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Dorie Ann Ladner, civil rights activist who fought for justice in Mississippi and beyond, dies at 81

by Chevel Johnson Rodrigue, The Associated Press

Dorie Ann Ladner, a longtime fighter for freedom and equality in her home state of Mississippi with contributions to the NAACP, the Student Nonviolent Coordinating Committee and voter registration drives, has died, her family confirmed.

Dorie Ladner

“My beloved sister, Dorie Ladner, died peacefully on Monday, March 11, 2024,” her younger sister, Joyce Ladner, wrote on Facebook. “She will always be my big sister who fought tenaciously for the underdog and the dispossessed. She left a profound legacy of service.”

Dorie Ladner was 81.

In a telephone interview Tuesday with The Associated Press, Joyce Ladner said she and her sister were born 15 months apart and grew up in Palmer’s Crossing, a community just south of Hattiesburg, Mississippi.

“My sister was extraordinary. She was a very strong and tough person and very courageous,” she said.

One example of that courage, she recalled, happened when they were about 12 years old and went to a store to buy donuts.

“The white cashier came up behind Dorie and hit her on the butt. She turned around and beat him over the head with those donuts,” Joyce Ladner said with a giggle.

“We were scared but you know how you have that feeling of knowing you had done the right thing? That’s what overcame us,” she said.

Dorie Ladner and her sister went on to help organize an NAACP Youth Council Chapter in Hattiesburg. When they attended Jackson State College in Jackson, Mississippi, they continued demonstrating against the segregation policies within the state. Those activities ultimately got both of them expelled from the school but in fall 1961, they both enrolled at Tougaloo College where they became active members of the Student Nonviolent Coordinating Committee.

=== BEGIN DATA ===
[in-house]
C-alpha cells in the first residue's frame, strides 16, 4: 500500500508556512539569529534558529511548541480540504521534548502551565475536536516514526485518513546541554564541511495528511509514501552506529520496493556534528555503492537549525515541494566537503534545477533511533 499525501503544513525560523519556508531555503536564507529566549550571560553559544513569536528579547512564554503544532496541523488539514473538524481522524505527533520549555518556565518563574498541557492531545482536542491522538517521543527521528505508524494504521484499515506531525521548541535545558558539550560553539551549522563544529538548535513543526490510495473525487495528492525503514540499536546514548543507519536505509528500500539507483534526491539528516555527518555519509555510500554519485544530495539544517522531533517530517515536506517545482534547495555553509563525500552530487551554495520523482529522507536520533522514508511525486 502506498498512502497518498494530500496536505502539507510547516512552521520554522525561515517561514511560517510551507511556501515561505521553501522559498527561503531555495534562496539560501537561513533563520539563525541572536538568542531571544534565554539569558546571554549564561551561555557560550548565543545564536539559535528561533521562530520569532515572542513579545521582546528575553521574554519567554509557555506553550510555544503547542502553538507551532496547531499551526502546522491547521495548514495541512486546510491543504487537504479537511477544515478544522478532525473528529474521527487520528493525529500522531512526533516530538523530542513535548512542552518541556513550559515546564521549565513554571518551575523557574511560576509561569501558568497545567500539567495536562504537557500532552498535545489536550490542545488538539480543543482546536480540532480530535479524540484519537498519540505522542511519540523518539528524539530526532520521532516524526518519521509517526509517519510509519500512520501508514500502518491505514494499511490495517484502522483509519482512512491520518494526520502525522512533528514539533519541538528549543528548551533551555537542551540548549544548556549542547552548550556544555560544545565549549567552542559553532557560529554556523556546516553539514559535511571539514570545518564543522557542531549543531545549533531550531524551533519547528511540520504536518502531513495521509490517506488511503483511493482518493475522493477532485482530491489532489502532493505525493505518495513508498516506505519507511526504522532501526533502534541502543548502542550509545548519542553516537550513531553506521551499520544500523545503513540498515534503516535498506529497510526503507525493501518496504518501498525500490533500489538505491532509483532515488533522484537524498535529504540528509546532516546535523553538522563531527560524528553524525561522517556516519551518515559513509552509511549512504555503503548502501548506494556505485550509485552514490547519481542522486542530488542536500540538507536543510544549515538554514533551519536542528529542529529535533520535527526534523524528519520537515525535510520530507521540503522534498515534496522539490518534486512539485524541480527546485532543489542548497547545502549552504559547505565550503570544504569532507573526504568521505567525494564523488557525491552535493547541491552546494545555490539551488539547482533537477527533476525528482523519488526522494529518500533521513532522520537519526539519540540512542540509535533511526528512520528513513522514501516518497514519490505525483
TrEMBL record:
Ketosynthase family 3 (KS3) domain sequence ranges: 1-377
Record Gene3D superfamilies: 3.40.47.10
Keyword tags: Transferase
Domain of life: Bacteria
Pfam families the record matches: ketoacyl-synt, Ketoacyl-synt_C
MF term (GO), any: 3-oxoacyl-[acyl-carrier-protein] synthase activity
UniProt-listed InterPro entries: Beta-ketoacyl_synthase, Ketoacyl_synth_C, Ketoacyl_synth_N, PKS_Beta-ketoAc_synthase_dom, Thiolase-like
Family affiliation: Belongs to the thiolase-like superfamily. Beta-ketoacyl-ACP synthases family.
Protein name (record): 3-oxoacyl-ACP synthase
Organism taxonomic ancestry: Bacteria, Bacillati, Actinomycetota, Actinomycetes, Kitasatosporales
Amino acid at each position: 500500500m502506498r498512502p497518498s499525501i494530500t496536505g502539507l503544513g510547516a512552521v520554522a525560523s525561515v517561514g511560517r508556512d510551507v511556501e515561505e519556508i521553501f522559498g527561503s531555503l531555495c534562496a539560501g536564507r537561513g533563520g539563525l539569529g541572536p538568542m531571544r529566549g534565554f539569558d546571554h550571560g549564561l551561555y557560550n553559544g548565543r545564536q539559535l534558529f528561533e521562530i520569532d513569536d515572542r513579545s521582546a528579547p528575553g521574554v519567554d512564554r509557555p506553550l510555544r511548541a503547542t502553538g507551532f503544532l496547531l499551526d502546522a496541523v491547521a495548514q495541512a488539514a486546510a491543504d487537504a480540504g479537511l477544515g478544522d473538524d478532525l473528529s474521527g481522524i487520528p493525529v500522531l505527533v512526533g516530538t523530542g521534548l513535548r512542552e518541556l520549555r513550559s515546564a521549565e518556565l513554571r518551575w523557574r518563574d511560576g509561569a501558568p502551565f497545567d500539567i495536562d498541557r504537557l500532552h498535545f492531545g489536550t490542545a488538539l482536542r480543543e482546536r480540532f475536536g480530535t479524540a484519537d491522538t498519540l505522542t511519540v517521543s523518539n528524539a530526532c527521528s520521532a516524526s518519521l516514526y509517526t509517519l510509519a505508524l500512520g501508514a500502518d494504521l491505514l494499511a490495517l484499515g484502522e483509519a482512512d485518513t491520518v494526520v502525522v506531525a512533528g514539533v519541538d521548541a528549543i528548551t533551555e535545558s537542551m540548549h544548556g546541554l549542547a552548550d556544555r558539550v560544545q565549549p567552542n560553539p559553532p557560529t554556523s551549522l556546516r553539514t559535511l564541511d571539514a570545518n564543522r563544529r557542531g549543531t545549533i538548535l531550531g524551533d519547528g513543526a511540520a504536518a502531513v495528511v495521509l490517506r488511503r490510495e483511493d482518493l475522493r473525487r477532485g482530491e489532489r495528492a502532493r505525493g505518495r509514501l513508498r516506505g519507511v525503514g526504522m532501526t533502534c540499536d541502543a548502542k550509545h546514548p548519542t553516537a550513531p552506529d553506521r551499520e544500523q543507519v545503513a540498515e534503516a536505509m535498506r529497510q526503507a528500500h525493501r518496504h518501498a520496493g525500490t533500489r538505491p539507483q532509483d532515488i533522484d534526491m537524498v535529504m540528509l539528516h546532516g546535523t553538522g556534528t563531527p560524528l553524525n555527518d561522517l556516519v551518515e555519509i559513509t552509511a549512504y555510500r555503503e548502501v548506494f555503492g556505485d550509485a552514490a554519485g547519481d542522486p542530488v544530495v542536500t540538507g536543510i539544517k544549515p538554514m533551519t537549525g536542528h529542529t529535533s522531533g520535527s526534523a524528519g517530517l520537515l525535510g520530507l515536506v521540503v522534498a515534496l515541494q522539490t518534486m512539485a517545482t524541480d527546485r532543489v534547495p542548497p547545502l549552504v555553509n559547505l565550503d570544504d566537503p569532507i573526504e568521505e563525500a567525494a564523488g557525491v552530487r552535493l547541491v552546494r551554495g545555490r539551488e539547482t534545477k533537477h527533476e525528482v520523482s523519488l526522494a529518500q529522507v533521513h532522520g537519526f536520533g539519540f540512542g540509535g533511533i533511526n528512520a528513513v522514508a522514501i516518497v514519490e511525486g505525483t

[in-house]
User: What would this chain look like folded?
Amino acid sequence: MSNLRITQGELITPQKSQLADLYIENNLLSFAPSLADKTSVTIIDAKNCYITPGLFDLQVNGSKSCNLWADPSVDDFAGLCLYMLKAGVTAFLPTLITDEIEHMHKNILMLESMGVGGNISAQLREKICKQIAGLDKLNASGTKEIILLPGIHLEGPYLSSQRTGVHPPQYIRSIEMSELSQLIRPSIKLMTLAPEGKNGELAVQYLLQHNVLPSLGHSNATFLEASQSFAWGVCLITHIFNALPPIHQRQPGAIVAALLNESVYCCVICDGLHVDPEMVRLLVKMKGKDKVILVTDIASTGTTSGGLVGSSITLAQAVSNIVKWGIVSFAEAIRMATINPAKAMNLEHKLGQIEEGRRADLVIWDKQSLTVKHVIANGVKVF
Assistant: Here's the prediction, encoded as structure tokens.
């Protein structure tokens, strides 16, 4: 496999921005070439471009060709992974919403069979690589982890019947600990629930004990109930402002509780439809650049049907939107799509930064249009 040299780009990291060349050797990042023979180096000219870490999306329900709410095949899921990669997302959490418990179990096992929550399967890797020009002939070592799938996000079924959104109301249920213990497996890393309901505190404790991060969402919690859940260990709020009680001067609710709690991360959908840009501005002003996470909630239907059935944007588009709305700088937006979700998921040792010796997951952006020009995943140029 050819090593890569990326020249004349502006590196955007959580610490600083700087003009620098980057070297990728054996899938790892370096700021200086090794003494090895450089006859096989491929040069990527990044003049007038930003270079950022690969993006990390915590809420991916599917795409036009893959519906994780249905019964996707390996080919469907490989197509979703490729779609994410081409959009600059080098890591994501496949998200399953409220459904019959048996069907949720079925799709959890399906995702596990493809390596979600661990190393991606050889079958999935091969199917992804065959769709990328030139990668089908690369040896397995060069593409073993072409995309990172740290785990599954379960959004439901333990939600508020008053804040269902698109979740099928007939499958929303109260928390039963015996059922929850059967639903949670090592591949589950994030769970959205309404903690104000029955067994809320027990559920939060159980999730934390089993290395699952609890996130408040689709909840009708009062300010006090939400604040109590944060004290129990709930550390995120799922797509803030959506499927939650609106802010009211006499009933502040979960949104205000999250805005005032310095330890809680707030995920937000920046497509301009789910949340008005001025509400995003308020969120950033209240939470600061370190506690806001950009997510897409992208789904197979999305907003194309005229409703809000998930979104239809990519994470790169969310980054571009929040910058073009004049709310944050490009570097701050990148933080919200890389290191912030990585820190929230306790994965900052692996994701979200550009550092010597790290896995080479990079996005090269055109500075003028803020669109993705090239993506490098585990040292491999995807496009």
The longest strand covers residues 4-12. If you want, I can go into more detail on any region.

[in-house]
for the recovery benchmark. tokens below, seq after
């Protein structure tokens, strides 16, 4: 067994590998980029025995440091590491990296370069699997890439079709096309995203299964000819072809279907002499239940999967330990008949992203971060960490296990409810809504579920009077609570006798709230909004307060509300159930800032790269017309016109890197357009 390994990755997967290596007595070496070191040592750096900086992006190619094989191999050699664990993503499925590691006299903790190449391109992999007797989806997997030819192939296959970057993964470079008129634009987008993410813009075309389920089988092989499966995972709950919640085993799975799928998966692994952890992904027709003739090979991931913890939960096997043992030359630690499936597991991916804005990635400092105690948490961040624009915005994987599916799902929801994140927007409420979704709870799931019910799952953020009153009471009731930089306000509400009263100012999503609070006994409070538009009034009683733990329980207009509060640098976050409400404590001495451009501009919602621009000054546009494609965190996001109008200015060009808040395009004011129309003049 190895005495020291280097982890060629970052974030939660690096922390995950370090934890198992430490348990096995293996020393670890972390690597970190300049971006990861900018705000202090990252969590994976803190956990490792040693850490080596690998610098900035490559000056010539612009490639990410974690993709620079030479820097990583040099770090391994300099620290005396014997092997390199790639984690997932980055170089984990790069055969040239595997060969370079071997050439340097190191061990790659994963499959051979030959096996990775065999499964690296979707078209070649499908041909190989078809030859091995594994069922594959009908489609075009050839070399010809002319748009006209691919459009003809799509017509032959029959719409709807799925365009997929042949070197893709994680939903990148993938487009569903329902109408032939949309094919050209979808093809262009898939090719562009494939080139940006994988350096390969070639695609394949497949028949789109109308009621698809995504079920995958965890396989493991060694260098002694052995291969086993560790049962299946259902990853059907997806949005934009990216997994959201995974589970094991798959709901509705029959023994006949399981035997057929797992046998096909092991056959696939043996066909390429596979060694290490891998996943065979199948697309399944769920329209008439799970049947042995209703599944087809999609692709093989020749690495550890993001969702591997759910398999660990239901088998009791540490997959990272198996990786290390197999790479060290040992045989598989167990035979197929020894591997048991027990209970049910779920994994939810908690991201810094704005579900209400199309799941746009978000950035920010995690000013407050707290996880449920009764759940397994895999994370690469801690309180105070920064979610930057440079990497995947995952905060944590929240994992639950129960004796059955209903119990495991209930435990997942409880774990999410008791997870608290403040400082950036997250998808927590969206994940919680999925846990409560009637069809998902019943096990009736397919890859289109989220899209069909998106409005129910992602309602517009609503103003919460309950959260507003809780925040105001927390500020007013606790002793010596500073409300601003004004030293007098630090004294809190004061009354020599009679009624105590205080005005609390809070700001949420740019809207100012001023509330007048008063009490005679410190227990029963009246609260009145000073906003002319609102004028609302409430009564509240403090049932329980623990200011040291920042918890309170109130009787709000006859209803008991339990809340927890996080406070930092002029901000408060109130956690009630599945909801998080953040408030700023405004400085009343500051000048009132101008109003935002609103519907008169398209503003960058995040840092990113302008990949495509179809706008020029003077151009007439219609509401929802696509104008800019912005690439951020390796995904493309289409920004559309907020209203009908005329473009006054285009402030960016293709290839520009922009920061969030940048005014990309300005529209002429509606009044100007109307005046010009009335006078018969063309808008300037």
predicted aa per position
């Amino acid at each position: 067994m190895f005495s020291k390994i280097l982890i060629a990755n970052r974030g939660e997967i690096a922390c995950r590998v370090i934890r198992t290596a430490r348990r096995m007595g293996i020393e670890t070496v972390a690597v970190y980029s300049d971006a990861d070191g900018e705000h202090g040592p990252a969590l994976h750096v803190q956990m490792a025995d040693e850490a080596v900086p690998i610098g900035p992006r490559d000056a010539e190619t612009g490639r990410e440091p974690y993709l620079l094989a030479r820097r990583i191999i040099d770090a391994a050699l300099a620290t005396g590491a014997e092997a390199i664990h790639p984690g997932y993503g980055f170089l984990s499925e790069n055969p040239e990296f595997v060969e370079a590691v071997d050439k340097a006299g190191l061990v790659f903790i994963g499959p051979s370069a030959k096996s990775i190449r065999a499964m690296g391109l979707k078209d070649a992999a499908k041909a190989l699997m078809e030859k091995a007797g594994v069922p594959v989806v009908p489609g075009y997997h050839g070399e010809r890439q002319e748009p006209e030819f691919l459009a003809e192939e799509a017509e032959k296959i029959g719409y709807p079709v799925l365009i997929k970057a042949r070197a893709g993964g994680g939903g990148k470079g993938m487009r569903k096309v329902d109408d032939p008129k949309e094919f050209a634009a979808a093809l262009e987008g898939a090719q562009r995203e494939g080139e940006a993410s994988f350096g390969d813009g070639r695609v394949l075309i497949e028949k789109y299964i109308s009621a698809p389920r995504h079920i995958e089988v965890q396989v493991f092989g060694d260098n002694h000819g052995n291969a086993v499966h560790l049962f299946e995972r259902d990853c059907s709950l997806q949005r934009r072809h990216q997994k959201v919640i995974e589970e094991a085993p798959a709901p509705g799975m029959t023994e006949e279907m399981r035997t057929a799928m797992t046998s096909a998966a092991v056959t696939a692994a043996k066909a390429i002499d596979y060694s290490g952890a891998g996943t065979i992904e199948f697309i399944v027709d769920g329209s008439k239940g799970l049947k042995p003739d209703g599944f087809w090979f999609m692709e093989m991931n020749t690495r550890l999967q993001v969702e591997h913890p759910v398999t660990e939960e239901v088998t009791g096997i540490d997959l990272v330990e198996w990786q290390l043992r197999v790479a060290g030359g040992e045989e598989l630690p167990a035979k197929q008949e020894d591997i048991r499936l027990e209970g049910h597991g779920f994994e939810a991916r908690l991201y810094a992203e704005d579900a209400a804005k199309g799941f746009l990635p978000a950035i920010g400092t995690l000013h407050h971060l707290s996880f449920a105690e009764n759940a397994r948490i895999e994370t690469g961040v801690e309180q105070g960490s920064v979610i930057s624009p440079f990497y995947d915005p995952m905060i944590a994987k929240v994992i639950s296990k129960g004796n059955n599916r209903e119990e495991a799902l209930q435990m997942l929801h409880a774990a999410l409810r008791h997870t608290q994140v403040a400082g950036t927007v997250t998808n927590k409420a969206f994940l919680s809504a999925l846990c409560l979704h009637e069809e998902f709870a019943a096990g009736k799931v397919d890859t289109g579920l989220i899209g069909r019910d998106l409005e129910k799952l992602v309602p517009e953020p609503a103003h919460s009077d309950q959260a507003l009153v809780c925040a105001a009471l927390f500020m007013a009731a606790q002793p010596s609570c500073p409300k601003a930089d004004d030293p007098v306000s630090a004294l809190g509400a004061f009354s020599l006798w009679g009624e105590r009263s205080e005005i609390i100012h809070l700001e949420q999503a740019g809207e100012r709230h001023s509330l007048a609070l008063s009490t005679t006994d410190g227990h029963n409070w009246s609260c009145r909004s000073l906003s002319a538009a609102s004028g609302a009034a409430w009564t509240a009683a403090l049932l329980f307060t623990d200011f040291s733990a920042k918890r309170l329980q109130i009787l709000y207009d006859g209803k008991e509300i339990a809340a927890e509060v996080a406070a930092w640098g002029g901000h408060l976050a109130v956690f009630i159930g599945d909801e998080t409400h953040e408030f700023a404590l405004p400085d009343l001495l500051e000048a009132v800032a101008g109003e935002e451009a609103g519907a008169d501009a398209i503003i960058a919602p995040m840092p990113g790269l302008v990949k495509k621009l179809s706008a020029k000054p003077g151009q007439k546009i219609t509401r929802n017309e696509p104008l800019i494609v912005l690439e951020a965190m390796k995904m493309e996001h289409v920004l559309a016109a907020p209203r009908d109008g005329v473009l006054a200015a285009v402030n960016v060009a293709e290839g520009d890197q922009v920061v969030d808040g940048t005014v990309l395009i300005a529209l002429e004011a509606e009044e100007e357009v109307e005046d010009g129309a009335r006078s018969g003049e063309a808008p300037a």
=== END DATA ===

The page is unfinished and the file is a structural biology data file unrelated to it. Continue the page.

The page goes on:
“SNCC was the green beret of the civil rights movement,” Joyce Ladner said. “She dropped out of college three times to work full time with SNCC. She was extremely intense about the rights of Black people. She would tell me ‘I can’t study while our people are suffering.’”

Dorie Ladner was one of the first workers to go to Natchez, Mississippi in 1964, to help people register to vote, her sister said. The experience was harrowing at times, amid heightened Ku Klux Klan activity.

“Oftentimes the phone would ring at 3 a.m. which was never a good sign,” she said. “The person on the other end of the line would say ‘Dorie, y’all have two choices. You can stay in there and we’ll burn you and the house up or you can come outside and we’ll shoot you to death.’ That kind of stress would be unbearable for almost anyone, but they stayed.”

Ladner said one of the people her sister helped register to vote was Fannie Lou Hamer, who often said that experience and her involvement with SNCC helped her find her voice for freedom. She also knew other civil rights luminaries such as NAACP state field representative Medgar Evers, who was assassinated in 1963; Hattiesburg NAACP leader Vernon Dahmer and Clyde Kennard, another NAACP leader who had attempted to integrate the University of Southern Mississippi in Hattiesburg.

Dorie Ladner was a key organizer for Mississippi Freedom Summer, a volunteer campaign launched in June 1964 to attempt to register as many African American voters as possible in Mississippi. She also attended every major civil rights protest from 1963 to 1968, including the March on Washington and the march from Selma to Montgomery, Alabama, Joyce Ladner said.

Dorie Ladner died in Washington, D.C., where she called home since 1974, her sister said.

“She became a social worker and worked in the ER at DC General Hospital for 28 years,” she said. “That was an extension of her organizing and fighting for people, helping people through their crises.”

In addition to Ladner, Dorie Ladner’s survivors include her daughter, Yodit Churnet, and a 13-year-old grandson “who she doted on,” Ladner said.

A memorial service is pending.

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